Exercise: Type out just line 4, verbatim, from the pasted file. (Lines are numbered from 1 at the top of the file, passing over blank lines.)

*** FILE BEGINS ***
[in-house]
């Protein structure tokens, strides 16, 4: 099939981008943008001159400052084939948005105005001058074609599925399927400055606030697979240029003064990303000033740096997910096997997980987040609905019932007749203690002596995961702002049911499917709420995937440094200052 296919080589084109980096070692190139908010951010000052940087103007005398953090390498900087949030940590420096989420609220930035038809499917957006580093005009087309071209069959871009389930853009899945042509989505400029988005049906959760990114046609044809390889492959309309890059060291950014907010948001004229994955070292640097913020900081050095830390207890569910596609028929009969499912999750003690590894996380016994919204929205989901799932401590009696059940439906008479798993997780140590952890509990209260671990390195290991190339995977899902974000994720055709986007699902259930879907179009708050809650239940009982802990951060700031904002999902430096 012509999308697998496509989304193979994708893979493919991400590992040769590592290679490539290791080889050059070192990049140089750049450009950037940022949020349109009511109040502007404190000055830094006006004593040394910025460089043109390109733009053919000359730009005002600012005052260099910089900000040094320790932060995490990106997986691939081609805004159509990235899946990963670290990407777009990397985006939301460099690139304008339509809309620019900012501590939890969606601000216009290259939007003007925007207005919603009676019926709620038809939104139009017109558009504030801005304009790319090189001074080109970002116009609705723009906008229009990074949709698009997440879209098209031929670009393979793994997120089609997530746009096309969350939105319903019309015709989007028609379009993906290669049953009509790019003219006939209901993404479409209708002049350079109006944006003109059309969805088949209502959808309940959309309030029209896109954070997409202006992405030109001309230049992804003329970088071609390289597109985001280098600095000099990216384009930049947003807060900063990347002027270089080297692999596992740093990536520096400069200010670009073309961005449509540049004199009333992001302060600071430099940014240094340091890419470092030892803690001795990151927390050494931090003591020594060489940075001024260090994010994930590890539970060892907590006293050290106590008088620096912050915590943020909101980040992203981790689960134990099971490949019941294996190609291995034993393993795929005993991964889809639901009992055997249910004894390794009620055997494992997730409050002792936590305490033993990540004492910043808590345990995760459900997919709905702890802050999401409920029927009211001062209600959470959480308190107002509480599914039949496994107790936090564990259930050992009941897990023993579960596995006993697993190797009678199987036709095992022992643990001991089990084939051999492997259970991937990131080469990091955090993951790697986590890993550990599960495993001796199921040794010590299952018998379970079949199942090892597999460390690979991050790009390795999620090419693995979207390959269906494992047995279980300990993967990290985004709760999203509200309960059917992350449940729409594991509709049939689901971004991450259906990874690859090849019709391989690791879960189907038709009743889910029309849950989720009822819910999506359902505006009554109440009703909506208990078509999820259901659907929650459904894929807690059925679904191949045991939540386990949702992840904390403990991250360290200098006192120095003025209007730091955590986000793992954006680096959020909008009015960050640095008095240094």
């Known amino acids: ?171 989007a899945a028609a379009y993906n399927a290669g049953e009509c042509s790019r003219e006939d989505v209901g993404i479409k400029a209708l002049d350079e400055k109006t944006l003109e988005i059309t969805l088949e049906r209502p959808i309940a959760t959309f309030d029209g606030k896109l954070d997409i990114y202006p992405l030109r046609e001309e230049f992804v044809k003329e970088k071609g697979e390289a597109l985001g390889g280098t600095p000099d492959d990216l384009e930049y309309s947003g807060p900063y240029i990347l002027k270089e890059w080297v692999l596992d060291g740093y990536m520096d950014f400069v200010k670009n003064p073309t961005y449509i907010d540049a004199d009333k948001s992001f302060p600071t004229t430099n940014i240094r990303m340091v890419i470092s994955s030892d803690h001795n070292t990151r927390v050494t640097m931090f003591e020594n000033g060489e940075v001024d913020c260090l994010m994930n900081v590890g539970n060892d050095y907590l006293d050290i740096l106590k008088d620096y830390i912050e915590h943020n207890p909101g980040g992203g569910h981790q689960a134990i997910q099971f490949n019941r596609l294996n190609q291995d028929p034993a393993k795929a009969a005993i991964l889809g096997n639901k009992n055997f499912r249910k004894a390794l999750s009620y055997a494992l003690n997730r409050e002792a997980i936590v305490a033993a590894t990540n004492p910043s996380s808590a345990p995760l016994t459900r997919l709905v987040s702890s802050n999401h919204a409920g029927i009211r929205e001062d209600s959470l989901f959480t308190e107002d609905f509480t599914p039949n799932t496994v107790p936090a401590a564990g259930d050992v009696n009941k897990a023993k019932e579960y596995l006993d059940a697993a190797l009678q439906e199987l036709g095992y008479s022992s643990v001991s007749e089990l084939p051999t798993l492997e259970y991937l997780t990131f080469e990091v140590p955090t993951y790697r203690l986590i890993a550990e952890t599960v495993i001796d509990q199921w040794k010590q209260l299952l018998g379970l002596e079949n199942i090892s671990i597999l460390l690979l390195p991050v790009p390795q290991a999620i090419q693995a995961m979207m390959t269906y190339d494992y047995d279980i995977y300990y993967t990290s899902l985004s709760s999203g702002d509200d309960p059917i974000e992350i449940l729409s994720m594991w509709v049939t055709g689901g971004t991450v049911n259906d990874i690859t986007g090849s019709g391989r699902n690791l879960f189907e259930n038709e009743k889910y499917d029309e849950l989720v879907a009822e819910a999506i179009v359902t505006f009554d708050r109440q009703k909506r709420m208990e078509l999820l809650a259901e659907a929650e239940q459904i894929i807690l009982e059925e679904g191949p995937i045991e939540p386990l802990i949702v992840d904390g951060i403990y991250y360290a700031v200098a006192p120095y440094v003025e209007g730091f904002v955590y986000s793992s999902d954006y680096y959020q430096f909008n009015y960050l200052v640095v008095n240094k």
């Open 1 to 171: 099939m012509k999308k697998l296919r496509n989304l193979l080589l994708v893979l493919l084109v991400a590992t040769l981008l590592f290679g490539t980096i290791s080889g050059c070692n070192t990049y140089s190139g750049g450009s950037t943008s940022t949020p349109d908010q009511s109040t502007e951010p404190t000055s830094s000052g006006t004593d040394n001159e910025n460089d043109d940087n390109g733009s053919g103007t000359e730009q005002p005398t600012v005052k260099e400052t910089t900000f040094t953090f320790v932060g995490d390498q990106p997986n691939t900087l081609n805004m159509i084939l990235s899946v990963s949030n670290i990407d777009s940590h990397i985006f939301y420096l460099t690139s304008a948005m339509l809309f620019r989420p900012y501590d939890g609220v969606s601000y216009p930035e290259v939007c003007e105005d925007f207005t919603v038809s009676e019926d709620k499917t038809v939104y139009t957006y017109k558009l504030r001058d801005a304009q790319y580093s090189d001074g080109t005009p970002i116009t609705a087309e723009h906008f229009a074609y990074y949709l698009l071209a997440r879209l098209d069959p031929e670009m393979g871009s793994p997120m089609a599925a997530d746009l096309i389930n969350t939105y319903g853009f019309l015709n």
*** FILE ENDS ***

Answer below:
């Open 1 to 171: 099939m012509k999308k697998l296919r496509n989304l193979l080589l994708v893979l493919l084109v991400a590992t040769l981008l590592f290679g490539t980096i290791s080889g050059c070692n070192t990049y140089s190139g750049g450009s950037t943008s940022t949020p349109d908010q009511s109040t502007e951010p404190t000055s830094s000052g006006t004593d040394n001159e910025n460089d043109d940087n390109g733009s053919g103007t000359e730009q005002p005398t600012v005052k260099e400052t910089t900000f040094t953090f320790v932060g995490d390498q990106p997986n691939t900087l081609n805004m159509i084939l990235s899946v990963s949030n670290i990407d777009s940590h990397i985006f939301y420096l460099t690139s304008a948005m339509l809309f620019r989420p900012y501590d939890g609220v969606s601000y216009p930035e290259v939007c003007e105005d925007f207005t919603v038809s009676e019926d709620k499917t038809v939104y139009t957006y017109k558009l504030r001058d801005a304009q790319y580093s090189d001074g080109t005009p970002i116009t609705a087309e723009h906008f229009a074609y990074y949709l698009l071209a997440r879209l098209d069959p031929e670009m393979g871009s793994p997120m089609a599925a997530d746009l096309i389930n969350t939105y319903g853009f019309l015709n």